Status: 04/11/2021 5:00 p.m.
More conciliatory tones, but also harsh criticism: Works council boss Cavallo has accused CEO Diess in front of employees in Wolfsburg of unsettling the workforce. The top manager continues to push for more productivity.
The dispute between CEO Herbert Diess and representatives of the workforce over the future of the Volkswagen Group came to light again at a meeting in Wolfsburg. “There is not one too many people on board here,” said works council chief Daniela Cavallo, according to a spokesman in front of the employees. Diess should end his speculations about job cuts, these were “nonsense in terms of content” and unsettled the workforce. “The only change is with VW culture,” said Cavallo.
In a supervisory board meeting in September, the CEO caused an uproar with statements about the possible reduction of up to 30,000 jobs in Germany. “With the stroke of a pen, as if it were nothing, you just put a number of 30,000 in the room. And it takes almost 48 hours to finally comment on it – and then to say: Oh, everything wasn’t meant that way,” said Works council boss Cavallo. This is apparently not clear that he has triggered fear among employees. Cavallo also criticized that VW did not have a concept for combating the chip crisis. However, the works council is not about people. “The only thing that interests us are solutions to the challenges ahead.” It had previously become known that the employee representatives on the supervisory board had filed a motion of no confidence in Diess.
No guarantee for further electric models
VW boss Diess tried to limit the damage, but at the same time swore the employees to tough competition in the auto industry. The US manufacturer Tesla needs ten working hours to produce an electric car, while Volkswagen’s Zwickau plant takes over 30 hours. The 63-year-old appealed to the workforce to pull together with management if changes were to be made in the group. “Only together can we make Volkswagen future-proof,” said Diess.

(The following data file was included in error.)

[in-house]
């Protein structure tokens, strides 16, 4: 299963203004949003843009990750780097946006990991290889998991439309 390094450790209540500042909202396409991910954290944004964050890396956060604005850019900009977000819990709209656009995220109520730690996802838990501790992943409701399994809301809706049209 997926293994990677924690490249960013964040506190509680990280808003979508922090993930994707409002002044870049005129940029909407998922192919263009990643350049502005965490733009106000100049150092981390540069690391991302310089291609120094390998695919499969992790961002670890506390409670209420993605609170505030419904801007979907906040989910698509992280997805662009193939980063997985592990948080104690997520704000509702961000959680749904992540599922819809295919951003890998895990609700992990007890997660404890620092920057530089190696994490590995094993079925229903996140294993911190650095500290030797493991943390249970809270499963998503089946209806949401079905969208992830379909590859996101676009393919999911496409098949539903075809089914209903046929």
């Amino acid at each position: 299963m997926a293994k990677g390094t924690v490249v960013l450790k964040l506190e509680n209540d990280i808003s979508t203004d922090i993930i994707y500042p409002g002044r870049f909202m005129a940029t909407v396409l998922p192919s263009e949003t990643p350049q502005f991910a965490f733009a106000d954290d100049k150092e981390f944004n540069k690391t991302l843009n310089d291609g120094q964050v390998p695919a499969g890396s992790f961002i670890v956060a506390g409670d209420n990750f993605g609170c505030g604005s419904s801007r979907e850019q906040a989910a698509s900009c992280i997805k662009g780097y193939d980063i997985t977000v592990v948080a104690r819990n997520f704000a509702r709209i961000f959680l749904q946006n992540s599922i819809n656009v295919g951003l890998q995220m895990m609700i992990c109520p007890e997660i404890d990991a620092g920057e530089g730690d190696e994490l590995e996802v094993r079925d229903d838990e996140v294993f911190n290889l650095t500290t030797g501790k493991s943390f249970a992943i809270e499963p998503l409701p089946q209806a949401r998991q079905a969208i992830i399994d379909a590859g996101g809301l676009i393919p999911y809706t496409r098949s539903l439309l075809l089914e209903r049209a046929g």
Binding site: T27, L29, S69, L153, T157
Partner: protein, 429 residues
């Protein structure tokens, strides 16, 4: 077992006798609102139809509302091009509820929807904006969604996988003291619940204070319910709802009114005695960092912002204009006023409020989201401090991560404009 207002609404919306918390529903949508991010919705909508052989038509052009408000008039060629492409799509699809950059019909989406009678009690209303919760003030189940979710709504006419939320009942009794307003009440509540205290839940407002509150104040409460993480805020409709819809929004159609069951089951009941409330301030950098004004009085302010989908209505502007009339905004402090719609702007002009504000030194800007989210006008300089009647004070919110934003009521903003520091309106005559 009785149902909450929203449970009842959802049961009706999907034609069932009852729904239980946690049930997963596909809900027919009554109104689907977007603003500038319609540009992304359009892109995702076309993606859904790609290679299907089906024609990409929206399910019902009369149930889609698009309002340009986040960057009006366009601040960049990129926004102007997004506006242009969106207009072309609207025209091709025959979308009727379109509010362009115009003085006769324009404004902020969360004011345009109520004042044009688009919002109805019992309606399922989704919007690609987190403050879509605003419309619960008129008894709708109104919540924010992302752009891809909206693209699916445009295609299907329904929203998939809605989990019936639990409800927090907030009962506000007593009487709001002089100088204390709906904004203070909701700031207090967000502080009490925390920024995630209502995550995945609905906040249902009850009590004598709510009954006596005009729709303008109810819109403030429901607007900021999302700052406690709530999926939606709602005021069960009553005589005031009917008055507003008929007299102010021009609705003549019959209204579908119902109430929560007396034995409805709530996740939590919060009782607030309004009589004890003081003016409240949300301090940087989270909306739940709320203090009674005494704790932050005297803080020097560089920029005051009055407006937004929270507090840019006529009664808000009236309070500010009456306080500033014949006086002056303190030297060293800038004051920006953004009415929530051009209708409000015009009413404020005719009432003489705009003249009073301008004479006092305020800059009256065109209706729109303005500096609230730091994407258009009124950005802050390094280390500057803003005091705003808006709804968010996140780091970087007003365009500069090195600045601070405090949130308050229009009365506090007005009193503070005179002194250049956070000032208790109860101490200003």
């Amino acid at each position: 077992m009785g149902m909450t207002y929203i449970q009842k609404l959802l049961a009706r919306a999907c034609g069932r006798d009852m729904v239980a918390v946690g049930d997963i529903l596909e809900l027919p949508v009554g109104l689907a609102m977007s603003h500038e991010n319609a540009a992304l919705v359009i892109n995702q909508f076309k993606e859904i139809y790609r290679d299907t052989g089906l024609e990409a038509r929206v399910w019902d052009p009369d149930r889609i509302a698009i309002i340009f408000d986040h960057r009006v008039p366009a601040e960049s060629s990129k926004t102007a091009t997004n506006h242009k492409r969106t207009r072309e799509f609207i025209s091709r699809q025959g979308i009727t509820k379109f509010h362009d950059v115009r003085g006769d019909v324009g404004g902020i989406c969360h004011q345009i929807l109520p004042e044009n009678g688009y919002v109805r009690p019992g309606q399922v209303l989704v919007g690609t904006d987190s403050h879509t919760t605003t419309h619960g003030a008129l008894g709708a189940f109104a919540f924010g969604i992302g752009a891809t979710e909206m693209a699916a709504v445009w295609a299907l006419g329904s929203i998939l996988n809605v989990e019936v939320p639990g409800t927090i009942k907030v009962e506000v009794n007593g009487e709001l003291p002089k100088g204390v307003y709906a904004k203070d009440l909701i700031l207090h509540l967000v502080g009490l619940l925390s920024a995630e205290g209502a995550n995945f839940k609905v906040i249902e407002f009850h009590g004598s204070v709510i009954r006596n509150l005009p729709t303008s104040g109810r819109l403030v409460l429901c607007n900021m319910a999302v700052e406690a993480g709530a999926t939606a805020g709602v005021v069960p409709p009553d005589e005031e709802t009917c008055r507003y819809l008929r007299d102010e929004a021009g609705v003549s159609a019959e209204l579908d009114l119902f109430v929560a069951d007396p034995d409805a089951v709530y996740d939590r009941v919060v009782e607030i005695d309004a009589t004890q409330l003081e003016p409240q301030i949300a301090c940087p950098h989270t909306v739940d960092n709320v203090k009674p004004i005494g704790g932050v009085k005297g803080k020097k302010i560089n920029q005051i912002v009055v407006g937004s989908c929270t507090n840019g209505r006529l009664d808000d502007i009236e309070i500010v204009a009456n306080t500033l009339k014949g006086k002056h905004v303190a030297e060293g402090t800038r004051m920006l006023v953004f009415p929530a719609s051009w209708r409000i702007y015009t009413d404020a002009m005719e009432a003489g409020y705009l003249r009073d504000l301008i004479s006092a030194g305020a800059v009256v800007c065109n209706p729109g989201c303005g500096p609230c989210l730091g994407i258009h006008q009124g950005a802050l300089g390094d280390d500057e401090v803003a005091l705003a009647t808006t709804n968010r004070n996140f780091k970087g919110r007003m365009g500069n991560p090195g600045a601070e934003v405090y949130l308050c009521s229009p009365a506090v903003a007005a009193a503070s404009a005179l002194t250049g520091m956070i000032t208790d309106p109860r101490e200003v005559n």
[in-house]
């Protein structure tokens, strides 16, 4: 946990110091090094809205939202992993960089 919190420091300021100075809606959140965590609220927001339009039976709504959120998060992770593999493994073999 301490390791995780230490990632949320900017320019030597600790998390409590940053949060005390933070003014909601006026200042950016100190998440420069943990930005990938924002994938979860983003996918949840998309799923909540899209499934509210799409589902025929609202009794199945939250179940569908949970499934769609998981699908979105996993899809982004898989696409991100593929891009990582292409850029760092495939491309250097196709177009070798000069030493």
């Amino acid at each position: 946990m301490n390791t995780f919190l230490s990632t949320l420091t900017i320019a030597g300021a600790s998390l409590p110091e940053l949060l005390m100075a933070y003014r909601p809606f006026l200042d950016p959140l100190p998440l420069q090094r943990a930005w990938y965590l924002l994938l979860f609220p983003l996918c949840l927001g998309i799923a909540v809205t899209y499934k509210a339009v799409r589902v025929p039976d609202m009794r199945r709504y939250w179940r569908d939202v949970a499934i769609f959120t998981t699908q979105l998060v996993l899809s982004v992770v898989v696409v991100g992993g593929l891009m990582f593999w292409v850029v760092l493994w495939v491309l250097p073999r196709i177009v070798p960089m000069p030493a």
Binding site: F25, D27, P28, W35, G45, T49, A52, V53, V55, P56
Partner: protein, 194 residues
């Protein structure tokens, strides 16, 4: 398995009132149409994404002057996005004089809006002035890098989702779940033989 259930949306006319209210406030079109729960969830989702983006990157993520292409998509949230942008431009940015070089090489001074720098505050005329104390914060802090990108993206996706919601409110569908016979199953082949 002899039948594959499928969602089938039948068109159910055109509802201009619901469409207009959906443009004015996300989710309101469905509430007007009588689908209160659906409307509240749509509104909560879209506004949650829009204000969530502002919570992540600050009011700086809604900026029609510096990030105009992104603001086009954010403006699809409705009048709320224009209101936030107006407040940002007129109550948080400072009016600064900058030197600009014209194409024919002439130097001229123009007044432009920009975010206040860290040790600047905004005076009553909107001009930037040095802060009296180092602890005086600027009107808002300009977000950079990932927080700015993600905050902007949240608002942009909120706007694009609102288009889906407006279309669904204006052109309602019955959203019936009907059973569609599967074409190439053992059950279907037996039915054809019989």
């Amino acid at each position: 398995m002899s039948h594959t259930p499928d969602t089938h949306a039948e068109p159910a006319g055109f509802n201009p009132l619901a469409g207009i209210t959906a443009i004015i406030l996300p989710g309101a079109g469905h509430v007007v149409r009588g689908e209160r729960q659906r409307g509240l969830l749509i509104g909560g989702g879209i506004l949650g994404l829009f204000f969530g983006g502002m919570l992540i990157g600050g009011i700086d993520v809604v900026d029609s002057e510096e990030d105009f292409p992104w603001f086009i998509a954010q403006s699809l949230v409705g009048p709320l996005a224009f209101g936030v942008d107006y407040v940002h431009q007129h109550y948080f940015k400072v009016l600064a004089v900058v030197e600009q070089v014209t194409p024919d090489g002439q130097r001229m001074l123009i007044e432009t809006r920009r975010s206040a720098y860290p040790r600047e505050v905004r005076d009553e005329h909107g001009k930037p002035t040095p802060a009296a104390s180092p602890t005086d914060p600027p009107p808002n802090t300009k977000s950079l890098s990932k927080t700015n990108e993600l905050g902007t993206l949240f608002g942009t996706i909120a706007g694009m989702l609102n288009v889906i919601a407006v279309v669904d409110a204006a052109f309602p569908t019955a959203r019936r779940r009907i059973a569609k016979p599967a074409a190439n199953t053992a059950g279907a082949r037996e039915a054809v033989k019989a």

Diess did not give the assurance required by the works council to build another electric car at the main plant in Wolfsburg. The models with combustion engines produced there do not permanently use the site to full capacity. The CEO announced that the plant would be “again the flagship for car production” without giving details. The group must increase its productivity and accelerate the restructuring. Diess reiterated his forecast that the number of jobs will fall within the next ten to 15 years.
“And the parts are simply missing”
The negotiations at VW about a plan for the future of the Wolfsburg plant up to the end of the decade (“Vision 2030”) are considered to be an important setting of the course. The investment planning for the next five years, which was scheduled for mid-November, had previously been postponed to December 9th.
Works council chief Cavallo disagreed with Diess’ presentation that VW would be less productive compared to Tesla. Per capita, “a lot more vehicles” would be built in the main plant. “The truth is: it is not the factory or the employees that are inefficient,” said Cavallo. “We simply lack the parts with which we can build our cars.” The works council and workforce also wanted the change.
Lower Saxony’s Prime Minister Stephan Weil also demanded that management should not stir up worries. “The task of the company in these times is to provide prospects,” said the SPD politician. Lower Saxony is the second largest VW owner after the family holding Porsche SE. At the event, IG Metall boss Jörg Hoffmann emphasized that Volkswagen needed a motivated workforce to switch to electromobility: “A trainer who has no access to the team loses the game on the pitch.”